Control of body temperature
Temperature control
normal body temperature?
normal body rhythms
Causes of temperature variation
An increase in body temperature can occur;
Considerations when taking a temperature
Hyperthermia (heat stroke)
Respiratory system
Respiration is defined as;
Respiration v. ventilation
The respiratory system
Gas exchange
Respirations are recorded for a number of reasons:
When measuring and recording breathing, the rate and pattern of breathing should be recorded.
Observing breathing
Average respiratory rates, by age:
Measuring respiratory rate
To take a peak flow reading you should:
Infection control considerations
Pulse oximetry
Pulse oximetry
How does a pulse oximeter work?
Limitations of pulse oximetry
Using an oximeter
Results of pulse oximetry
Categories: medicinemedicine biologybiology

Control of body temperature

1. Control of body temperature

Lynne Powell

2. Aims

To understand the body’s control of temperature and
respiratory rate.
To look at the anatomy and physiology relevant to
temperature maintenance and respiration.
To discuss the normal values of temperature, respiratory rate
and pulse oximetry.
To discuss factors that affect these normal values

3. Thermoregulation

The ability to keep the body
temperature within its
limitations even when the
surrounding temperature is

4. Temperature control

Temperature control is the process of keeping the body at a
constant temperature of 37°C.
Our body can only stay at a constant temperature if the heat we
generate is balanced and equal to the heat we lose.
Although our core temperature must be 37ºC, our fingers and toes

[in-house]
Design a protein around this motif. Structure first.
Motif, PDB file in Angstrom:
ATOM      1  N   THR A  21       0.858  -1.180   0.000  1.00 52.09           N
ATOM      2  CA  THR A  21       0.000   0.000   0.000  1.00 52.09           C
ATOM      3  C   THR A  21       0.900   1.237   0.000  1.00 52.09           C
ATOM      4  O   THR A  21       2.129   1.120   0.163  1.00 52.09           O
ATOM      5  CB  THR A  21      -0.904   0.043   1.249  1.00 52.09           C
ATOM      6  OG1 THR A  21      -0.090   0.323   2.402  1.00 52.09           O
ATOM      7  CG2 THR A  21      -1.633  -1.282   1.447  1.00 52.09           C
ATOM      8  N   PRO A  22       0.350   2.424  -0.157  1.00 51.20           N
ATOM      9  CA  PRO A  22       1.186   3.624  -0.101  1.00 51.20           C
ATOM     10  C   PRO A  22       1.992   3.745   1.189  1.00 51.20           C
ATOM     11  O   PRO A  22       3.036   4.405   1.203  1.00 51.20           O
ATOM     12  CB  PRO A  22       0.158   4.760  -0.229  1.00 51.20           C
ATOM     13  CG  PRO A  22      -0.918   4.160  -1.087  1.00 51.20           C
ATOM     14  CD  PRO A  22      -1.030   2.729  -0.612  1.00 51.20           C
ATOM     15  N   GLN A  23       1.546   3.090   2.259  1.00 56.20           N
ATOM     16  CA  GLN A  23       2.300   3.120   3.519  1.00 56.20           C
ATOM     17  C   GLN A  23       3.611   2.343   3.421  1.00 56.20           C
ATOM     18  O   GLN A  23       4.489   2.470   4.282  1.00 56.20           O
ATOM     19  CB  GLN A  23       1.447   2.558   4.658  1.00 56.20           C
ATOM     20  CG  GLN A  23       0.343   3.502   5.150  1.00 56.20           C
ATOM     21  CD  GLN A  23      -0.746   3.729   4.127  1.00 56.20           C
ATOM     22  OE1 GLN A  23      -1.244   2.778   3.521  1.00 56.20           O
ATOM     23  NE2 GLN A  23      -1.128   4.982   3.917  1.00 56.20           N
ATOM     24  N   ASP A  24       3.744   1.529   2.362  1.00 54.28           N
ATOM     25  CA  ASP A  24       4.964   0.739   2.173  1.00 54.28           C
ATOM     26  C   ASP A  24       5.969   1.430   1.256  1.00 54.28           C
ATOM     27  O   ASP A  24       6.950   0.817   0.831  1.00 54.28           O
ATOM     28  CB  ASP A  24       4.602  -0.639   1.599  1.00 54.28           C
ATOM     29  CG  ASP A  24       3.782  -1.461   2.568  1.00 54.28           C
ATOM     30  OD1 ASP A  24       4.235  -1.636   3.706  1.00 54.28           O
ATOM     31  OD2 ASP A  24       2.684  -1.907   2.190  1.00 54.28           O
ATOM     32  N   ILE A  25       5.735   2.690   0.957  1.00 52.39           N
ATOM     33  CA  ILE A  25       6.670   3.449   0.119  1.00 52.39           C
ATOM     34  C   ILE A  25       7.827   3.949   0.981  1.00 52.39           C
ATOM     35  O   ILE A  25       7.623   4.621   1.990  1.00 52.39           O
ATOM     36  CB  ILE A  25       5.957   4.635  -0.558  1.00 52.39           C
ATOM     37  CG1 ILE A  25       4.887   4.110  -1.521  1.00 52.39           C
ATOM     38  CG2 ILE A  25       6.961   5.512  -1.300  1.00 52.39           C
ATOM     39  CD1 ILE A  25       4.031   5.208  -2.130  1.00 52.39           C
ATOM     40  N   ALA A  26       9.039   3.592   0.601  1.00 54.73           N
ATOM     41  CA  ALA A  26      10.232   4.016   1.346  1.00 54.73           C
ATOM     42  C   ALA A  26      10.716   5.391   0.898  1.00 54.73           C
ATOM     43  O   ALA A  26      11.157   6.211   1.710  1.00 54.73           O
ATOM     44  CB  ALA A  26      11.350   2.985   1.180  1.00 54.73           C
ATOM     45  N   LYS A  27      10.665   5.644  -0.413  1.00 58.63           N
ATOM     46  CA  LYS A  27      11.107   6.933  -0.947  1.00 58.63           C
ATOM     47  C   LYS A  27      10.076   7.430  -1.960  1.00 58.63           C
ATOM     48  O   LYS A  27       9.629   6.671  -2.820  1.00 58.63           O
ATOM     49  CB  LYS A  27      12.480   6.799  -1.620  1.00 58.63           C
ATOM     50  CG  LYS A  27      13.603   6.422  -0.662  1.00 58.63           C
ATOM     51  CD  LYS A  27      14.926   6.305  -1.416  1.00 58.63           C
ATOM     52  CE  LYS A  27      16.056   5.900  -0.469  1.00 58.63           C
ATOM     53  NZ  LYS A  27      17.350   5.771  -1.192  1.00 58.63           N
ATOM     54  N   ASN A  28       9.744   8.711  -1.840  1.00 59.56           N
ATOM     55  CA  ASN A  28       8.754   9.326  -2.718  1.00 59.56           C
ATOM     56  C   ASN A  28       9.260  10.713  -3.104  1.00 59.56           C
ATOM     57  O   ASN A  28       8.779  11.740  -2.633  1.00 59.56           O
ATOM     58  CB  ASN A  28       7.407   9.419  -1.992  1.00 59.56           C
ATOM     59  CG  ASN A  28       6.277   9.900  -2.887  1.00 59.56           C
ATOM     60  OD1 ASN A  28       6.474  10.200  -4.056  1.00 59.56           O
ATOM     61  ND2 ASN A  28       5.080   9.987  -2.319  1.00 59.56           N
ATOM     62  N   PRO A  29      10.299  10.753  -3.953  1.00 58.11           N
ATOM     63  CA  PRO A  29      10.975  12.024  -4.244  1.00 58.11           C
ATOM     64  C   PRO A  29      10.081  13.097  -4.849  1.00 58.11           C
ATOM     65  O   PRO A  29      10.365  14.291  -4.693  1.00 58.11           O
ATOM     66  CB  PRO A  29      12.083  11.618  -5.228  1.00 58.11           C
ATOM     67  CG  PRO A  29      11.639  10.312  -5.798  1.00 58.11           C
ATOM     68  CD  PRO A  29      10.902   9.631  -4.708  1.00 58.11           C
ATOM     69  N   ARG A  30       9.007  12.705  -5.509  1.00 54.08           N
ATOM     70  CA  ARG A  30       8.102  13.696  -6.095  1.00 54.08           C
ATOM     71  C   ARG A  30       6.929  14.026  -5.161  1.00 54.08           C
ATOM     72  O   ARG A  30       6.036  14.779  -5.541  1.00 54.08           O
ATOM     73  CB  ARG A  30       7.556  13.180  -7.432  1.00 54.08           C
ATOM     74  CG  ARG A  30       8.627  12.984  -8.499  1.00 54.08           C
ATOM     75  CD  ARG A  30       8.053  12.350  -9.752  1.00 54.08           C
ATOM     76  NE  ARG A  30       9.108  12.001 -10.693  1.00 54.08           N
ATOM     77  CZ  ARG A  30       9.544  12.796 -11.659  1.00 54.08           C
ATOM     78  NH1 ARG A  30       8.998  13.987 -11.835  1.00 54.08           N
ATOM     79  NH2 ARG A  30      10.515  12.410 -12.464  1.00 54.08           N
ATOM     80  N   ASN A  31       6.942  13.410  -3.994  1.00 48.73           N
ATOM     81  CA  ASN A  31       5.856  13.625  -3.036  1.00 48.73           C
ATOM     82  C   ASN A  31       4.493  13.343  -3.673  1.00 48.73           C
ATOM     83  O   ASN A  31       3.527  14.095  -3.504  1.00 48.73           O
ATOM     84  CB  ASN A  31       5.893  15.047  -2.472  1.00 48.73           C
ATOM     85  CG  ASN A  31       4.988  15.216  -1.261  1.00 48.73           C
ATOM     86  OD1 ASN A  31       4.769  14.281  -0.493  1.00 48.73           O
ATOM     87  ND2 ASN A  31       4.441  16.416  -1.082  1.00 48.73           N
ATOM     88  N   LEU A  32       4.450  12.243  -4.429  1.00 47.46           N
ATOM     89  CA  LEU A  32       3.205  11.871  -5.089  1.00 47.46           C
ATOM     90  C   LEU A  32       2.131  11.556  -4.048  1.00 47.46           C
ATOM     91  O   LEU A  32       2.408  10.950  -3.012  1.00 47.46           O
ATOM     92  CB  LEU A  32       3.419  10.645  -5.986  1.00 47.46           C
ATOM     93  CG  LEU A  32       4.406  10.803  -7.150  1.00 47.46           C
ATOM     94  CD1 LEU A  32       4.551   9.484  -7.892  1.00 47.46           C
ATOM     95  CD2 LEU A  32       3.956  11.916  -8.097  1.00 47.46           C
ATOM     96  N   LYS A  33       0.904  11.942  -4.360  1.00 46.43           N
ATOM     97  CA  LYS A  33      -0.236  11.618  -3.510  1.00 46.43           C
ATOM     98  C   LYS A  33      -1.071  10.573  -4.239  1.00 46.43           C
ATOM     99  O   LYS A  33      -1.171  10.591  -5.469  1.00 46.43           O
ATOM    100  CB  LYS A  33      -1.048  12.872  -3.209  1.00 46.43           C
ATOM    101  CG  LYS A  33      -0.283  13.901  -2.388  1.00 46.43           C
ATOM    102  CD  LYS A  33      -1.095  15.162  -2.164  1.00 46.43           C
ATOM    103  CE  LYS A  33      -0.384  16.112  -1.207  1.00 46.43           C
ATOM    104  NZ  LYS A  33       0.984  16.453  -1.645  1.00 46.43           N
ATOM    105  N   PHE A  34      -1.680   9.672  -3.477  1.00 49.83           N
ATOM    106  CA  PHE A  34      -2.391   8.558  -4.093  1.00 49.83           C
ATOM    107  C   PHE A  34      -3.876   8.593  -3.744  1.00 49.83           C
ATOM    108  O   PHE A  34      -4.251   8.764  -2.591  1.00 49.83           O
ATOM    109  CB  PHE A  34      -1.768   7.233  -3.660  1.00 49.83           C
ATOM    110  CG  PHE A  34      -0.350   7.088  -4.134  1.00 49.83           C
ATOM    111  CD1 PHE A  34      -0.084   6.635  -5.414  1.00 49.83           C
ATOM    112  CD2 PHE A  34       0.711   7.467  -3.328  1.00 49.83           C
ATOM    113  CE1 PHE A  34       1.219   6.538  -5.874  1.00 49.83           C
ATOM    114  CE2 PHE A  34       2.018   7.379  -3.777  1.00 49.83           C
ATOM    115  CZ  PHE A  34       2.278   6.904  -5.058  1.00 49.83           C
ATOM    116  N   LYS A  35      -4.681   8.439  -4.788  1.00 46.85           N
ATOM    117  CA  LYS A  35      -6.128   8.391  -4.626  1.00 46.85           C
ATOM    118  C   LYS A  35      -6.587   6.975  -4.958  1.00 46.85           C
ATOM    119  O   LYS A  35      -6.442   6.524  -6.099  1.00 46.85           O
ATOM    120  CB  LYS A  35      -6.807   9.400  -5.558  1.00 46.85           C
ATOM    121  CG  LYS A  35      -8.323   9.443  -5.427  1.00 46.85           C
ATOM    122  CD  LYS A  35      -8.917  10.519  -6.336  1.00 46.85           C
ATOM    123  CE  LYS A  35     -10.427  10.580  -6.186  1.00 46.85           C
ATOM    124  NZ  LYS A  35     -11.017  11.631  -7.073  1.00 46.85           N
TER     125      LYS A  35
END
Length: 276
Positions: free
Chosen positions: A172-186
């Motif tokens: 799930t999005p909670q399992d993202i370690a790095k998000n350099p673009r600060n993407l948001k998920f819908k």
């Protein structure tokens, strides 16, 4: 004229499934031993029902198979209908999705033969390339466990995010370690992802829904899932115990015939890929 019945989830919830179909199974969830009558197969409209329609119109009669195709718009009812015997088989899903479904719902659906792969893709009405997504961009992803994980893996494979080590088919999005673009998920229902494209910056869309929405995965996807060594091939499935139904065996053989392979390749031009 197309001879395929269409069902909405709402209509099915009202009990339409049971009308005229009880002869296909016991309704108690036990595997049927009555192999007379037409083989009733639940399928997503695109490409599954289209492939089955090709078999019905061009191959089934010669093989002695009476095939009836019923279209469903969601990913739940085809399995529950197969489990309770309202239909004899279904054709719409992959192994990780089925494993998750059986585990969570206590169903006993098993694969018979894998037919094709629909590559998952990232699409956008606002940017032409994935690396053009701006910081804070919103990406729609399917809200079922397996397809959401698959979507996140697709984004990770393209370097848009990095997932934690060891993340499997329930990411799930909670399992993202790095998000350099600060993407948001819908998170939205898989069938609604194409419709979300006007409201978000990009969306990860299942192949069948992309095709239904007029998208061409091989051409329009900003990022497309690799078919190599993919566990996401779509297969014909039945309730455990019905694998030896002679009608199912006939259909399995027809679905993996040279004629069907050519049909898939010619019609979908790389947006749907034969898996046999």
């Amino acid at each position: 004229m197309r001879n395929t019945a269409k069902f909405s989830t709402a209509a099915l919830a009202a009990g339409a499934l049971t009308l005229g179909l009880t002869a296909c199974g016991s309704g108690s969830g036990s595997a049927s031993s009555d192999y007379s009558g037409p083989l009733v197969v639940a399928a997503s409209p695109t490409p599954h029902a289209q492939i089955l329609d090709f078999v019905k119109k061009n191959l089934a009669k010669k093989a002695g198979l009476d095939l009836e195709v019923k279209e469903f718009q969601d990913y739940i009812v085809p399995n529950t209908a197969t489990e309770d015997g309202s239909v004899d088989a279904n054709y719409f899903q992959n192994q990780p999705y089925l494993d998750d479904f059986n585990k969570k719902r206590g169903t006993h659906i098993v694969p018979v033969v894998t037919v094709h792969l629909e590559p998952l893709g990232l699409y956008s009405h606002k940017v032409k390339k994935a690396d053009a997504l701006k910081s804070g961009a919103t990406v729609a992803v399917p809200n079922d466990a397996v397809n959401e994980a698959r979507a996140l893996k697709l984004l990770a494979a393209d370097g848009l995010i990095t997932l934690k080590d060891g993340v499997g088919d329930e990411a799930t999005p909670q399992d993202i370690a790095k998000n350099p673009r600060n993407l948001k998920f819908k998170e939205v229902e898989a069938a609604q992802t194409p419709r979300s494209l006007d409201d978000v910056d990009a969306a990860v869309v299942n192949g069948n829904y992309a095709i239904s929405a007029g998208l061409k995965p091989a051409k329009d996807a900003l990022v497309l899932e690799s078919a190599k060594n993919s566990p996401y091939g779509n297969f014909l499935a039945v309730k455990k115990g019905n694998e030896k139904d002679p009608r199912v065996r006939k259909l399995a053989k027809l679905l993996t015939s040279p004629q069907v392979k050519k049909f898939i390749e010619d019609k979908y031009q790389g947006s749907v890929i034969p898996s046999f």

can be colder. This is because energy is transferred from the blood
as it travels to our fingers and toes.

5. Hypothalamus

Temperature receptors in the skin detect changes in
the external temperature. They pass this information
to the processing centre in the brain, called the
The hypothalamus has temperature receptors to
detect changes in the temperature of the blood.
the hypothalamus automatically triggers changes to
effectors to ensure our body temperature remains
constant, at 37°C.
The effectors are sweat glands and muscles.



If we are too hot or too cold, the processing centre sends nerve
impulses to the skin, which has two ways to either increase or
decrease heat loss from the body's surface.
Tiny muscles in the skin can quickly pull the hairs upright to
reduce heat loss, or lay them down flat to increase heat loss.
Hairs on the skin trap more warmth if they are standing up, and
less if they are lying flat. Tiny muscles in the skin can quickly
pull the hairs upright to reduce heat loss, or lay them down flat
to increase heat loss.
If the body is too hot, glands in the skin secrete sweat onto the
surface to increase heat loss by evaporation. This cools the
body. Sweat secretion slows when the body temperature
returns to normal.



Core temperature maintained despite of environmental changes

10. normal body temperature?

Normal body temperature can vary slightly
It is influenced by factors such as exercise, eating, sleeping
and the time of the day & time of the month.
The lowest temperature is usually recorded at around 4am,
the highest at 6 - 7pm.

11. normal body rhythms

12. Normothermia/euthermia

The average normal body temperature taken in the
mouth is 37ºC (98.6ºF), but anywhere between 36.5ºC
and 37.2ºC (97.7ºF and 99ºF) may be normal.
The accepted range of "normal" temperature is from 97F
(36.1C) to 99F (37.2C)
Rectal = 34.4–37.8 °C (94–100 °F)
Tympanic cavity = 35.4–37.8 °C (96–100 °F)
Auxiliary = 35.5–37.0 °C (96–99 °F)

13. Causes of temperature variation

Dehydration (vomiting & diarrhoea)

14. An increase in body temperature can occur;

Infective conditions
Immunological diseases
⎯ Lupus
⎯ Sarcoidosis
⎯ Inflammatory bowel disease
⎯ Adverse reaction to drugs/immunisation
⎯ Chemotherapy
⎯ Recreational drug withdrawal
Metabolic disorders
⎯ Gout (local)
⎯ hyperthyroidism

15. Considerations when taking a temperature

Room temperature
How is the patient dressed
Temperature site
The equipment